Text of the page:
Chrlitlaru

135 The three epistles of Julian which explain his intentions and conduct with regard to Athanasius should be disposed in the following chronological order, xxvi, x, vi. See likewise Greg. Nazianzen, xxi. p. 393; Sozomen, 1. v. c. 15; Socrates, 1. iii. c. 14; Theodoret. 1. iii. c. 9, and Tillemont, Mem. Eccles. torn. viii. p. 361368, who has used some materials prepared by the Bollandists. [Cp. Scnwarz, de Vit. et Scr Julian, i. p. 20. He assigns Ep. 10 to end of Jan., Ep. 26 to end of March, Ep. 6 to beginning of Oct., 363 A.D. Rode regards 6 and 26 as written at the same time.]

,al See the fair confession of Gregory (Orat. iii. p. 61, 6a).

137 Hear the furious and absurd complaint of Optatus (de Schismat. Donatist. 1. ii. c. 16, 17).

138 Greg. Nazianzen. Oral. iii. p. 91, iv. p. 133. He praises the rioters of Caesarea, rovrmv fit rw jny*\oiiviiv Kox Q*pn*>v «i? *«WS.'(«i'. Sec Sozomen, 1. v. A. 11. TiUemont (Mem. Eccles. torn. vii. p. 649, 650) owns that their behaviour was not dans l'ordre commun; but he is perfectly satisfied, as the great St. Basil always celebrated the festival of these blessed martyrs.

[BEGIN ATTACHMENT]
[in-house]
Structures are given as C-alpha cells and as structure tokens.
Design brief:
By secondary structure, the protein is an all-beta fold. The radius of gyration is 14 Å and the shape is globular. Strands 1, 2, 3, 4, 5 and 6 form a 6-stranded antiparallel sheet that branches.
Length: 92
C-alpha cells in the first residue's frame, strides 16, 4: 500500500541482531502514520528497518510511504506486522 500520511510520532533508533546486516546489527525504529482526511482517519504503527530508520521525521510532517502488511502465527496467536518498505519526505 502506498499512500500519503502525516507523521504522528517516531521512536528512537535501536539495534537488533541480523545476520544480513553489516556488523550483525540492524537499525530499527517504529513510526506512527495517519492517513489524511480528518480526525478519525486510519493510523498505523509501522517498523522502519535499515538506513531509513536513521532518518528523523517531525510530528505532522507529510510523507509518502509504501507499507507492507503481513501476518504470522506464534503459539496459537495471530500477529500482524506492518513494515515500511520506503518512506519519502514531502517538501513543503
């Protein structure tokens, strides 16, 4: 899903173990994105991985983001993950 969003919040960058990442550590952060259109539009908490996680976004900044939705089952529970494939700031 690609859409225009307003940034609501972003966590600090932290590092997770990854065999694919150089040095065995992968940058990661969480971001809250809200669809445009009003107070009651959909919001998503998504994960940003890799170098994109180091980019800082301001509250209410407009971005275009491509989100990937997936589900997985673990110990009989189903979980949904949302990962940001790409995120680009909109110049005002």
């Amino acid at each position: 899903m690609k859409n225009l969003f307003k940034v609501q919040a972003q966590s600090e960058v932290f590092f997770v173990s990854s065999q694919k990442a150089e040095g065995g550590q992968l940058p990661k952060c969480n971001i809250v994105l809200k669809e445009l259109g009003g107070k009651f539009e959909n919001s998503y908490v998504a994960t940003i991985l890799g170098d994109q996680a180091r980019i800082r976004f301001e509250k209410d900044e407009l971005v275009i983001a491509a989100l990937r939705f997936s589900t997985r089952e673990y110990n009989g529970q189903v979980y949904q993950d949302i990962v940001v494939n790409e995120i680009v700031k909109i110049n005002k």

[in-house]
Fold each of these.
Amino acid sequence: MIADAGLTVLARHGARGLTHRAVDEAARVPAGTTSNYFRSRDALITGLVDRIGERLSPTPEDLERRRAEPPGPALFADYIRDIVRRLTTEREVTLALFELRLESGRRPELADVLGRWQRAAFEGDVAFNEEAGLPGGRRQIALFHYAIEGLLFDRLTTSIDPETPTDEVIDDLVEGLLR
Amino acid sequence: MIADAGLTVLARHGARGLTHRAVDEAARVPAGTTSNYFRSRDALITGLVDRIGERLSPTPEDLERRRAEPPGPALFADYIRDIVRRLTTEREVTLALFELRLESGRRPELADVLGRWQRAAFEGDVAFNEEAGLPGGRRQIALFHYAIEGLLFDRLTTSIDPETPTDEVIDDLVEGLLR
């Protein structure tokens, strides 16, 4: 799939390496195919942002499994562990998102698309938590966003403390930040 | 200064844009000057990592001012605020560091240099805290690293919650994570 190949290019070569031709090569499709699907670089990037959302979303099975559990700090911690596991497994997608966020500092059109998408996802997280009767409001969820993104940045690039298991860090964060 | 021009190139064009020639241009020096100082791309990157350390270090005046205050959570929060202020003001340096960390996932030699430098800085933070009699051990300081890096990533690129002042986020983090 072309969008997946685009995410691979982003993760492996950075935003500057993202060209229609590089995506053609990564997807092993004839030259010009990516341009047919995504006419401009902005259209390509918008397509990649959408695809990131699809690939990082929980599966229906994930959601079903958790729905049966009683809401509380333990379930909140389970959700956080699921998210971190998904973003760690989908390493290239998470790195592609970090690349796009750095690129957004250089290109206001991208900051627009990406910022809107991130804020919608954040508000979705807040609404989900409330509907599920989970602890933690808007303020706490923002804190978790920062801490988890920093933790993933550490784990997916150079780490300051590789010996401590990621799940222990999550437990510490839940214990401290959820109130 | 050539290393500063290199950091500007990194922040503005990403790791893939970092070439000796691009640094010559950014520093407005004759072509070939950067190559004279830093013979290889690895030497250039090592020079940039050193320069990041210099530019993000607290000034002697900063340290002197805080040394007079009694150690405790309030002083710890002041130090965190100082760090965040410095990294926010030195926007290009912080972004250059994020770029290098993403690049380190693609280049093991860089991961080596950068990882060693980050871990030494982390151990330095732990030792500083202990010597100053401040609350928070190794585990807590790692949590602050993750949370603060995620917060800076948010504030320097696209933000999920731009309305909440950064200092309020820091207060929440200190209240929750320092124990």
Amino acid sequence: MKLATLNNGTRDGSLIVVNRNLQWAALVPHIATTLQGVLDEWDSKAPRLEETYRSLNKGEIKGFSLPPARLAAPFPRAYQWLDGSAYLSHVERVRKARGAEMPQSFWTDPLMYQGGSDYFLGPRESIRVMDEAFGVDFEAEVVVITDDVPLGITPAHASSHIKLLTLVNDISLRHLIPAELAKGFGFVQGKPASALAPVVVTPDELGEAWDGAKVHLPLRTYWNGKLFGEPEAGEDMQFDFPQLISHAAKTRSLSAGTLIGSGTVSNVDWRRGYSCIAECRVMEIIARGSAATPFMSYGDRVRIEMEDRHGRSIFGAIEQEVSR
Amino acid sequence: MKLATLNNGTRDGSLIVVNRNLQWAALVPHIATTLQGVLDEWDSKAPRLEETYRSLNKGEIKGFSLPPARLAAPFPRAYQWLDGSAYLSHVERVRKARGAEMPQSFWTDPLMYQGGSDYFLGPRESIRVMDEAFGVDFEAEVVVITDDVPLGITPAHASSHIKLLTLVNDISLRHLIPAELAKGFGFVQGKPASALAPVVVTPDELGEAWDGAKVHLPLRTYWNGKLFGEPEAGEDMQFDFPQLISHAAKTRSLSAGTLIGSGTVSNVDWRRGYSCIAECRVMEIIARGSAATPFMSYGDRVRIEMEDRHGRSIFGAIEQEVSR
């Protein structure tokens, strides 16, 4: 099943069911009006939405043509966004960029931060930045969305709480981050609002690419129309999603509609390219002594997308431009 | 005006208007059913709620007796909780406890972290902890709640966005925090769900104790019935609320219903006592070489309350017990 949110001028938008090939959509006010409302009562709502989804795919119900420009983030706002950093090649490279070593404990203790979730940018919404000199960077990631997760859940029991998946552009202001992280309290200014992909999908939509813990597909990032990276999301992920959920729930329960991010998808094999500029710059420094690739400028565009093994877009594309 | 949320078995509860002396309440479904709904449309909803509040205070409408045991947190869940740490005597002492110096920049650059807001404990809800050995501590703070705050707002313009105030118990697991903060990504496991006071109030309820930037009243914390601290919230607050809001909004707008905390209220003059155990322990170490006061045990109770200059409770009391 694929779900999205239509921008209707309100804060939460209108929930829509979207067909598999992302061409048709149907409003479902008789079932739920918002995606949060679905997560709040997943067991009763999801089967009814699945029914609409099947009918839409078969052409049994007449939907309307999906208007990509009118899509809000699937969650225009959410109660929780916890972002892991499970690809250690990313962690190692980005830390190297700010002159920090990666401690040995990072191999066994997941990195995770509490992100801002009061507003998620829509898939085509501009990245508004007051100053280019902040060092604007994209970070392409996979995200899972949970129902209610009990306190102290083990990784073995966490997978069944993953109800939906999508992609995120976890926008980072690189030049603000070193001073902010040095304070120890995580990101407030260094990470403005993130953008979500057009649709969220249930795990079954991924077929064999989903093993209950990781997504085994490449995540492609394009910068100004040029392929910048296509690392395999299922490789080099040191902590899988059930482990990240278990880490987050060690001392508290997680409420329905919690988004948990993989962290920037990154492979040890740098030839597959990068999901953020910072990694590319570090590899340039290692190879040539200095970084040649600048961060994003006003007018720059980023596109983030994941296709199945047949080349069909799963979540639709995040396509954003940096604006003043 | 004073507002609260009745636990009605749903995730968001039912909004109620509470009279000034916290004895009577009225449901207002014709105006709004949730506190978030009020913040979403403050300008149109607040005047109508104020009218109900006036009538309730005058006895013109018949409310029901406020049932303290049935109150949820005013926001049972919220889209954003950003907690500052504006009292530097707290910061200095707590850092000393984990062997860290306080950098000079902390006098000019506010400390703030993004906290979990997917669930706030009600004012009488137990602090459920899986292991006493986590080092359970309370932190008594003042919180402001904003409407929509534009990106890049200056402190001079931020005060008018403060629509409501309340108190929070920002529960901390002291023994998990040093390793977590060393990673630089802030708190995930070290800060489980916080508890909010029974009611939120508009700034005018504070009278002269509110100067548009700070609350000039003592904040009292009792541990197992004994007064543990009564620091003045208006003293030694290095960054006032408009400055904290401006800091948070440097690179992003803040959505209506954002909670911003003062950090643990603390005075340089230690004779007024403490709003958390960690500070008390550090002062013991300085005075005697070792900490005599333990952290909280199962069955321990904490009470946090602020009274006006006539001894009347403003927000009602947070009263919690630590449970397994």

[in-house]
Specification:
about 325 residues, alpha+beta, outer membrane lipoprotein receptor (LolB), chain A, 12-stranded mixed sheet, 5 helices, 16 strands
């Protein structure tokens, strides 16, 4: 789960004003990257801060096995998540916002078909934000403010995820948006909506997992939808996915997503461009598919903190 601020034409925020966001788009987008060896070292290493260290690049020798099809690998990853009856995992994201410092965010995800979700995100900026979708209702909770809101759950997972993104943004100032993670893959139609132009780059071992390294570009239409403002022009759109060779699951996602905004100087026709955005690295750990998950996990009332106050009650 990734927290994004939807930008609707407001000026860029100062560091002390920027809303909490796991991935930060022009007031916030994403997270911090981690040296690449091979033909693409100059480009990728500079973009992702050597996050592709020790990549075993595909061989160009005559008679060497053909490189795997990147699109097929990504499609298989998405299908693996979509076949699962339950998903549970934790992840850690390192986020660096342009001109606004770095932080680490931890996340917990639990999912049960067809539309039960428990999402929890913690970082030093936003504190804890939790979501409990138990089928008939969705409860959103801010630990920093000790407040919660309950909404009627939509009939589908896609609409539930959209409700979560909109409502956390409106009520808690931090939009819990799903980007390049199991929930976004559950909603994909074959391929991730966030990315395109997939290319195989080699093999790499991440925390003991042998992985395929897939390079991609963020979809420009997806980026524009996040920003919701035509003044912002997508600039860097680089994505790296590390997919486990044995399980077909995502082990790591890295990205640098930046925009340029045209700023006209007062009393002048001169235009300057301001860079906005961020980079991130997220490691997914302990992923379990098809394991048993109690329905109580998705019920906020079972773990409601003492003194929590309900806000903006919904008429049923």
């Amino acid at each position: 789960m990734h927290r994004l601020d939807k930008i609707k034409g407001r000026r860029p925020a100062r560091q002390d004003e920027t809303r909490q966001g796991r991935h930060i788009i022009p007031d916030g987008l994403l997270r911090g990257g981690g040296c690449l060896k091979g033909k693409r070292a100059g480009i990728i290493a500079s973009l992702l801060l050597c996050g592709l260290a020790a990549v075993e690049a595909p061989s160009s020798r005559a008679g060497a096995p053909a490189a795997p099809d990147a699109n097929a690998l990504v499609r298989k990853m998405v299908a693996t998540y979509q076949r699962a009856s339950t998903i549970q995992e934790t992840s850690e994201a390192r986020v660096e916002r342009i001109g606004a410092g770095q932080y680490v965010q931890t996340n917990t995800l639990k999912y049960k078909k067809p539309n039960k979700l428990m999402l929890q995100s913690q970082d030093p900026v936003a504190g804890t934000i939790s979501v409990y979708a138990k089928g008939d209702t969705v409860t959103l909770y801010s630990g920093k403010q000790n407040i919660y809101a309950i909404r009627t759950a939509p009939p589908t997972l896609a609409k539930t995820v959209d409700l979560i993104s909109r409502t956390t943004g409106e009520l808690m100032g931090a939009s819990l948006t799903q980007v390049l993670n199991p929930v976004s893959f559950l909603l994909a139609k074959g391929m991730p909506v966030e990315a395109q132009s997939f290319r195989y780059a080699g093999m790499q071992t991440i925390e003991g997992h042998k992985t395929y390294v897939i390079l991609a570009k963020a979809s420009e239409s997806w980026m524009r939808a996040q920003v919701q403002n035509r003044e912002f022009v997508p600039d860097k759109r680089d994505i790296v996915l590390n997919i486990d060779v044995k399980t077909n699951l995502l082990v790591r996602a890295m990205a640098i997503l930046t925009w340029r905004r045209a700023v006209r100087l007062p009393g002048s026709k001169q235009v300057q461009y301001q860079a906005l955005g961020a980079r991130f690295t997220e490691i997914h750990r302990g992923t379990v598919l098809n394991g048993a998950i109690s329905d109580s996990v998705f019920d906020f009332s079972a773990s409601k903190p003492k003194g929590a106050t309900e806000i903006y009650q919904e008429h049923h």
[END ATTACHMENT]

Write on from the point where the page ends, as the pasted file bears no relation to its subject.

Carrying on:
i*9 Julian determined a lawsuit against the new Christian city at Maiuma, the port of Gaza; and his sentence, though it might be imputed to bigotry, was never reversed by bis successors. Sozomen, 1. v. c. 3. Reland, Palestine, torn. ii. p. 791.

1*0 Gregory (Orat. iii. p. 93, 94, 95 [iv. c. 93 tqq.\, Orat. iv. p. 114 [v., ad nit.]) pretends to speak from the information of Julian's confidants, whom Orosius (vii. 30) could not have seen.

1*1 Gregory (Orat. iii. p. 91) charges the Apostate with secret sacrifices of boys and girls; and positively affirms that the dead bodies were thrown into the Orontes. See Theodoret, 1. iii. c. 26, 27; and the equivocal candour of the AbW de la Bleterie. Vie de Julien, p. 351, 352. Yet contemporary malice could not impute to Julian the troops of martyrs, more especially in the West, which Raronius so greedily swallows, and Tillemont so faintly rejects (Mem. Eccles. torn. m. p. 1295-1315).